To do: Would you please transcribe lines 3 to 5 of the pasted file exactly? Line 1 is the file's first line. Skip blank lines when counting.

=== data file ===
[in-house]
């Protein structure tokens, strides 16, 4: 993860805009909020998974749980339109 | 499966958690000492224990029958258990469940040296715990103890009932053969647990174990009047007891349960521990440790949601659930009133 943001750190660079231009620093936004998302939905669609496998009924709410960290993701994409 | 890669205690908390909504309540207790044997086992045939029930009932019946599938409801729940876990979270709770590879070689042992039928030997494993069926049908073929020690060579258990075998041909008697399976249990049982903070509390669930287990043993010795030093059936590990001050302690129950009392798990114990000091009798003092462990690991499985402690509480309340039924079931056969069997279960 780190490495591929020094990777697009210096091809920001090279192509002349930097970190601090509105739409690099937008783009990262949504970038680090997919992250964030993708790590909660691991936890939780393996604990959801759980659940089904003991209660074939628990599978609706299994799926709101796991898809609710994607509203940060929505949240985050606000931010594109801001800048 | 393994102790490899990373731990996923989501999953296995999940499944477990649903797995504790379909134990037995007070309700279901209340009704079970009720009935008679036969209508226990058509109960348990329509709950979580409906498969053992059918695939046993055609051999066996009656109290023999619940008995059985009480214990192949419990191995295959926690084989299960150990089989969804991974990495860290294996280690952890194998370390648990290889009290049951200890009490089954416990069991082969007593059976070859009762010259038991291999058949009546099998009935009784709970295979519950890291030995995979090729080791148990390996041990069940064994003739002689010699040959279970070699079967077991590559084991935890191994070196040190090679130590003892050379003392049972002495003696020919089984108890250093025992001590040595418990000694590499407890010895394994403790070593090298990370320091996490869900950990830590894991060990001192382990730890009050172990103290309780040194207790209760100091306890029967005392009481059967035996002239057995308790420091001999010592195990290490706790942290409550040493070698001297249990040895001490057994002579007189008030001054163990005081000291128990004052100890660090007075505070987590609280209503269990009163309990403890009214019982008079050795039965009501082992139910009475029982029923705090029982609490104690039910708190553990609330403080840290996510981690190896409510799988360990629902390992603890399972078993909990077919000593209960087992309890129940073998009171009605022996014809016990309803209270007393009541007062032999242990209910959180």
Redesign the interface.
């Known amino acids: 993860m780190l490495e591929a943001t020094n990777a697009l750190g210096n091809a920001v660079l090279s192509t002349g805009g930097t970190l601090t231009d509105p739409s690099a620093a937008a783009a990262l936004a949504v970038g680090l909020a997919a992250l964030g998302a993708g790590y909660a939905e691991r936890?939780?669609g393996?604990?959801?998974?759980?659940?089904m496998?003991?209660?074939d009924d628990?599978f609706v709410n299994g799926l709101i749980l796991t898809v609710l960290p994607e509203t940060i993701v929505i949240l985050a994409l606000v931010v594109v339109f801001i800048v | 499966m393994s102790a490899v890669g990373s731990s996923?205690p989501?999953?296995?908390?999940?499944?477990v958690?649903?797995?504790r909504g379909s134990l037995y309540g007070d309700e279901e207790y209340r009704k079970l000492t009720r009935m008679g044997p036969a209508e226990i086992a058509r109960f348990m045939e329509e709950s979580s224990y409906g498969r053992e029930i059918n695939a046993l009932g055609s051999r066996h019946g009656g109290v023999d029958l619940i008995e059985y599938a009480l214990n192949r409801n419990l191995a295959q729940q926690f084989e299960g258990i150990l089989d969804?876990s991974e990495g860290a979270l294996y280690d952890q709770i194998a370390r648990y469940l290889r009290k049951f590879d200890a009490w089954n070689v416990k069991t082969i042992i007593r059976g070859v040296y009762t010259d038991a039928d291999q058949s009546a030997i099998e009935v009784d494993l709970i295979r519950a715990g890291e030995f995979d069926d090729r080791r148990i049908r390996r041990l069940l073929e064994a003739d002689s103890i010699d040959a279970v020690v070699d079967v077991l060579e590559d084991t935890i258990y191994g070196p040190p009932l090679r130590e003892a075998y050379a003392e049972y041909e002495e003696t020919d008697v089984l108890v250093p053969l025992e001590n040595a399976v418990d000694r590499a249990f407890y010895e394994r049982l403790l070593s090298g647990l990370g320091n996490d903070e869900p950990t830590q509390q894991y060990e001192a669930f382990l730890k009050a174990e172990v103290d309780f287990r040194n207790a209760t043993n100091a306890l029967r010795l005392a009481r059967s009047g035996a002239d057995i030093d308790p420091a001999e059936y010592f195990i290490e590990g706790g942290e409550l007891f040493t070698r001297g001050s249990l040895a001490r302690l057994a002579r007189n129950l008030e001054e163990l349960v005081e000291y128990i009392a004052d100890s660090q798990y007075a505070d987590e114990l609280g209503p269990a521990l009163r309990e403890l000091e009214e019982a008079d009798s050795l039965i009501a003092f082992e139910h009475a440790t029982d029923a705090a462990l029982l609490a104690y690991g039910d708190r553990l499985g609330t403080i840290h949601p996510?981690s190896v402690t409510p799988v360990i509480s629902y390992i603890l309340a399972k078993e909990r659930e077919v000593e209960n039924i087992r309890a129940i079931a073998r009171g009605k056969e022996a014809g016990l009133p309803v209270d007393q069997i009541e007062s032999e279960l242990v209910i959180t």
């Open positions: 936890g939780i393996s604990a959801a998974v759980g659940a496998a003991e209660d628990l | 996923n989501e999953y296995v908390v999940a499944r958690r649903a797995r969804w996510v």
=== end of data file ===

Redesign the interface.
């Known amino acids: 993860m780190l490495e591929a943001t020094n990777a697009l750190g210096n091809a920001v660079l090279s192509t002349g805009g930097t970190l601090t231009d509105p739409s690099a620093a937008a783009a990262l936004a949504v970038g680090l909020a997919a992250l964030g998302a993708g790590y909660a939905e691991r936890?939780?669609g393996?604990?959801?998974?759980?659940?089904m496998?003991?209660?074939d009924d628990?599978f609706v709410n299994g799926l709101i749980l796991t898809v609710l960290p994607e509203t940060i993701v929505i949240l985050a994409l606000v931010v594109v339109f801001i800048v | 499966m393994s102790a490899v890669g990373s731990s996923?205690p989501?999953?296995?908390?999940?499944?477990v958690?649903?797995?504790r909504g379909s134990l037995y309540g007070d309700e279901e207790y209340r009704k079970l000492t009720r009935m008679g044997p036969a209508e226990i086992a058509r109960f348990m045939e329509e709950s979580s224990y409906g498969r053992e029930i059918n695939a046993l009932g055609s051999r066996h019946g009656g109290v023999d029958l619940i008995e059985y599938a009480l214990n192949r409801n419990l191995a295959q729940q926690f084989e299960g258990i150990l089989d969804?876990s991974e990495g860290a979270l294996y280690d952890q709770i194998a370390r648990y469940l290889r009290k049951f590879d200890a009490w089954n070689v416990k069991t082969i042992i007593r059976g070859v040296y009762t010259d038991a039928d291999q058949s009546a030997i099998e009935v009784d494993l709970i295979r519950a715990g890291e030995f995979d069926d090729r080791r148990i049908r390996r041990l069940l073929e064994a003739d002689s103890i010699d040959a279970v020690v070699d079967v077991l060579e590559d084991t935890i258990y191994g070196p040190p009932l090679r130590e003892a075998y050379a003392e049972y041909e002495e003696t020919d008697v089984l108890v250093p053969l025992e001590n040595a399976v418990d000694r590499a249990f407890y010895e394994r049982l403790l070593s090298g647990l990370g320091n996490d903070e869900p950990t830590q509390q894991y060990e001192a669930f382990l730890k009050a174990e172990v103290d309780f287990r040194n207790a209760t043993n100091a306890l029967r010795l005392a009481r059967s009047g035996a002239d057995i030093d308790p420091a001999e059936y010592f195990i290490e590990g706790g942290e409550l007891f040493t070698r001297g001050s249990l040895a001490r302690l057994a002579r007189n129950l008030e001054e163990l349960v005081e000291y128990i009392a004052d100890s660090q798990y007075a505070d987590e114990l609280g209503p269990a521990l009163r309990e403890l000091e009214e019982a008079d009798s050795l039965i009501a003092f082992e139910h009475a440790t029982d029923a705090a462990l029982l609490a104690y690991g039910d708190r553990l499985g609330t403080i840290h949601p996510?981690s190896v402690t409510p799988v360990i509480s629902y390992i603890l309340a399972k078993e909990r659930e077919v000593e209960n039924i087992r309890a129940i079931a073998r009171g009605k056969e022996a014809g016990l009133p309803v209270d007393q069997i009541e007062s032999e279960l242990v209910i959180t």
């Open positions: 936890g939780i393996s604990a959801a998974v759980g659940a496998a003991e209660d628990l | 996923n989501e999953y296995v908390v999940a499944r958690r649903a797995r969804w996510v």